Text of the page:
Strictly Come Dancing 2022: Motsi Mabuse on BBC Strictly Come Dancing judging and finding her own rhythm with the story of her life

Growing up during South Africa’s apartheid regime made Motsi the woman she is

Motsi Mabuse's autobiography, Finding My Own Rhythm is out now, published by Penguin.
Motsi Mabuse's autobiography, Finding My Own Rhythm is out now, published by Penguin.

“I was constantly in motion. I didn’t stop for a single minute, and soon I was overflowing with happiness. I think it was the first time in my life that I felt free: the first time I thought, I know who I am. I have an energy. To this day, I still feel this same freedom when I dance. It was as if a light had been switched on. I had found a place where I was untouchable, where I could shine. Where I felt good and where I mattered.”

Strictly Come Dancing judge Motsi Mabuse is talking about her first dance class as a child in South Africa, in her new memoir, Finding My Own Rhythm and how she discovered a passion that would see her leave her home to travel the world, win international dance trophies, set up her own dance studio and become a TV star.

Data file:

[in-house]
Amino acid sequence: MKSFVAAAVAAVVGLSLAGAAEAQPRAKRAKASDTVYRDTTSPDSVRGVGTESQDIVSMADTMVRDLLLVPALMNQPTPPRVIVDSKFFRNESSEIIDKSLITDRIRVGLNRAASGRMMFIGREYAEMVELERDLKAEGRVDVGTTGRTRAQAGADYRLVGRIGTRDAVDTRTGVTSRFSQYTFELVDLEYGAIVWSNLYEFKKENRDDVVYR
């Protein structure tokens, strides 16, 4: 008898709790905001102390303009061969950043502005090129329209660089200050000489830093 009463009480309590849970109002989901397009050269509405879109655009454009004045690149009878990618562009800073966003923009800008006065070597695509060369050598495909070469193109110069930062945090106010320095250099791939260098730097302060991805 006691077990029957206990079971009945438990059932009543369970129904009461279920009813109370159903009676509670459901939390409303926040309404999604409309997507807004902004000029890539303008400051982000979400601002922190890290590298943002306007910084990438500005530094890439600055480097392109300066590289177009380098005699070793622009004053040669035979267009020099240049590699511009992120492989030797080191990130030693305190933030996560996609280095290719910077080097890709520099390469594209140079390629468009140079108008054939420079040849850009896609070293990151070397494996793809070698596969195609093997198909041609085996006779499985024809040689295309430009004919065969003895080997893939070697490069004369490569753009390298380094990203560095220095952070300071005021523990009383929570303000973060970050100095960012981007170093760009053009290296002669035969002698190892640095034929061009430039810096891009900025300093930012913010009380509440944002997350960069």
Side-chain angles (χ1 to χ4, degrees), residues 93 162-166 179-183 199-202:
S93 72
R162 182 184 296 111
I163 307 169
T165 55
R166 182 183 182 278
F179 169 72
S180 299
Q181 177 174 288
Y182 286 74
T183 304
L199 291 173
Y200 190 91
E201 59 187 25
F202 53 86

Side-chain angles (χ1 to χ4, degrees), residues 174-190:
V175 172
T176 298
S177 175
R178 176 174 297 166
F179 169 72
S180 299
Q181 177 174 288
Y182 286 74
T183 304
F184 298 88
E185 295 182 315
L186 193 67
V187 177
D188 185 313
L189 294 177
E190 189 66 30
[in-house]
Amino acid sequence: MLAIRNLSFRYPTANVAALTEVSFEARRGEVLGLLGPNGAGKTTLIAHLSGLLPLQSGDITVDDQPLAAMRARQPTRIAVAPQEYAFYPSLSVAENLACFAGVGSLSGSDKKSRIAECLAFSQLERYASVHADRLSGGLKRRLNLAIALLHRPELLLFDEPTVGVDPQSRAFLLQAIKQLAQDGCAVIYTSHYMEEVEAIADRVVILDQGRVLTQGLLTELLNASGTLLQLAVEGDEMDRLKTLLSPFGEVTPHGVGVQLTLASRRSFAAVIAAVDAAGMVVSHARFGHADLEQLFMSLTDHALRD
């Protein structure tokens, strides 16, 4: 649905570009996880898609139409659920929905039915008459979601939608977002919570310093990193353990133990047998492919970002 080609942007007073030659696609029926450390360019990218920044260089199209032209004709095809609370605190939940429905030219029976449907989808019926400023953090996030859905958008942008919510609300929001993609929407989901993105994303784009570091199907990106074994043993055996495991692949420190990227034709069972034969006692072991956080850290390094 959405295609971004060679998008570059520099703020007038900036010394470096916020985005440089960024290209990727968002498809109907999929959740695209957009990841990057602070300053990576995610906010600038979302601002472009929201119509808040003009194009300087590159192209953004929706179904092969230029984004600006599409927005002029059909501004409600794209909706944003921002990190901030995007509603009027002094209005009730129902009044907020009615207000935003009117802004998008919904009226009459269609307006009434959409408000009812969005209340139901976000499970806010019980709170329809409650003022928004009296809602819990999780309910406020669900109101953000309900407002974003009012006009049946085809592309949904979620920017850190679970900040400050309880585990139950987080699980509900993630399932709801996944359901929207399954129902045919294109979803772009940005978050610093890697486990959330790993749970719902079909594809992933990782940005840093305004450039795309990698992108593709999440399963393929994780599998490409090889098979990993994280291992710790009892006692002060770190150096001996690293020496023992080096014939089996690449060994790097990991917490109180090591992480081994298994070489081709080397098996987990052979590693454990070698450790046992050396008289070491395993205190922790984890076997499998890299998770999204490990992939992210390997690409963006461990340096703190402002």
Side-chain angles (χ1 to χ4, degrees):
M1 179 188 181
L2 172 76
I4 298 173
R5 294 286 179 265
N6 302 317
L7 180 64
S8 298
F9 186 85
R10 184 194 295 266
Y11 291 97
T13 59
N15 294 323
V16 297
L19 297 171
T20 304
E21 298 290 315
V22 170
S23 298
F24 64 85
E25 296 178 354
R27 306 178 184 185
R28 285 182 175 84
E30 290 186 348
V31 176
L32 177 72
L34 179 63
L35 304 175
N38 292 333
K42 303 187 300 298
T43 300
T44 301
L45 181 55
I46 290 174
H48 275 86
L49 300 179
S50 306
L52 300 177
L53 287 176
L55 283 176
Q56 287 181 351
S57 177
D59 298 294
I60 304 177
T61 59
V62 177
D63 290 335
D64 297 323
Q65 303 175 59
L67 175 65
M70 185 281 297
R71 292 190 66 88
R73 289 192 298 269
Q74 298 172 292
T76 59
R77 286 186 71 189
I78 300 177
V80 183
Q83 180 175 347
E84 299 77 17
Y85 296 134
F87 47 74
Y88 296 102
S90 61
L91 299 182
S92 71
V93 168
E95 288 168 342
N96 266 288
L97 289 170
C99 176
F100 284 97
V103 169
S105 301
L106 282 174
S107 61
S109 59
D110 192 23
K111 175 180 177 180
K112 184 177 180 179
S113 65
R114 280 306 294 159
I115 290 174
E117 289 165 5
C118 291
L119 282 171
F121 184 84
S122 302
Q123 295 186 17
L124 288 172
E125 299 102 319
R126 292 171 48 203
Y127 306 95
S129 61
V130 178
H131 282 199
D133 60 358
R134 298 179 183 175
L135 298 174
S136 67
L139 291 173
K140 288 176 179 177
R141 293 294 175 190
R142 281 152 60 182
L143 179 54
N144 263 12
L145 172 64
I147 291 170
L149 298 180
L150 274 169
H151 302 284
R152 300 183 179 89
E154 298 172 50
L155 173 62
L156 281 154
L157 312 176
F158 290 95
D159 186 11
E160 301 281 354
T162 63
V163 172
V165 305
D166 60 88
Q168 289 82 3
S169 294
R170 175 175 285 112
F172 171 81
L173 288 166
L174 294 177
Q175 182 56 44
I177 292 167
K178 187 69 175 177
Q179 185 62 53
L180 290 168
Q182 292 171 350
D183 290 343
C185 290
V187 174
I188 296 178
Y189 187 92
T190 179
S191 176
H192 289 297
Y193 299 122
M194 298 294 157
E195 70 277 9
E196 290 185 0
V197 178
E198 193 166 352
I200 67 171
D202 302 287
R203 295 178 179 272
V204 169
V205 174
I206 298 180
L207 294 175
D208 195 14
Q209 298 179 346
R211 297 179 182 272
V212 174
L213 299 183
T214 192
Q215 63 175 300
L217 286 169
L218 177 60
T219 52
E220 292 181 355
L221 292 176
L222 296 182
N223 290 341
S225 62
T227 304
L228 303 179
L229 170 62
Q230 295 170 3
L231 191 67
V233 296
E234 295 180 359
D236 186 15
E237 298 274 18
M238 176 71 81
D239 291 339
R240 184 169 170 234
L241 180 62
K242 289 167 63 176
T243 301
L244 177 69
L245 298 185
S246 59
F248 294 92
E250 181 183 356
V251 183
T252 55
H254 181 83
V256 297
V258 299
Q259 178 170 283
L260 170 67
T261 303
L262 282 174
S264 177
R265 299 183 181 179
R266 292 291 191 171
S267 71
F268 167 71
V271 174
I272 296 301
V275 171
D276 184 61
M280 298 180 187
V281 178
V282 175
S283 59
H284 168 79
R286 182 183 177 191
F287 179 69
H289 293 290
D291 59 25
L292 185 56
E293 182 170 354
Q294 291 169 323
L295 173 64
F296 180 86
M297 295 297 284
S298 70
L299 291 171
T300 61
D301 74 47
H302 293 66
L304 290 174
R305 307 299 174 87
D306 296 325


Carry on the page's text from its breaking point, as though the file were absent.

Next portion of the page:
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Always on the move, when we catch up Mabuse’s on a break with her family in the Canary Islands, before she burst back onto our screens in the explosion of sequins that is Strictly Come Dancing along with fellow judges Craig Revel Horwood, Shirley Ballas and Anton Du Beke.

Strictly Come Dancing judge Motsi Mabuse talks about her life, from starting to dance as a child in South Africa, to winning top international competitions in Europe and becoming a TV star.
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Dressed for the beach, not a glitterball sight, Mabuse still manages to steal the show as she sits under a row of palms.

“Look at me,” she laughs. “I look like an adventurer! ”

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Adventurer maybe, but in a Fendi bucket hat. Even dressed down Mabuse looks glamorous.

With Strictly back on screen, Motsi couldn’t be happier.

Motsi Mabuse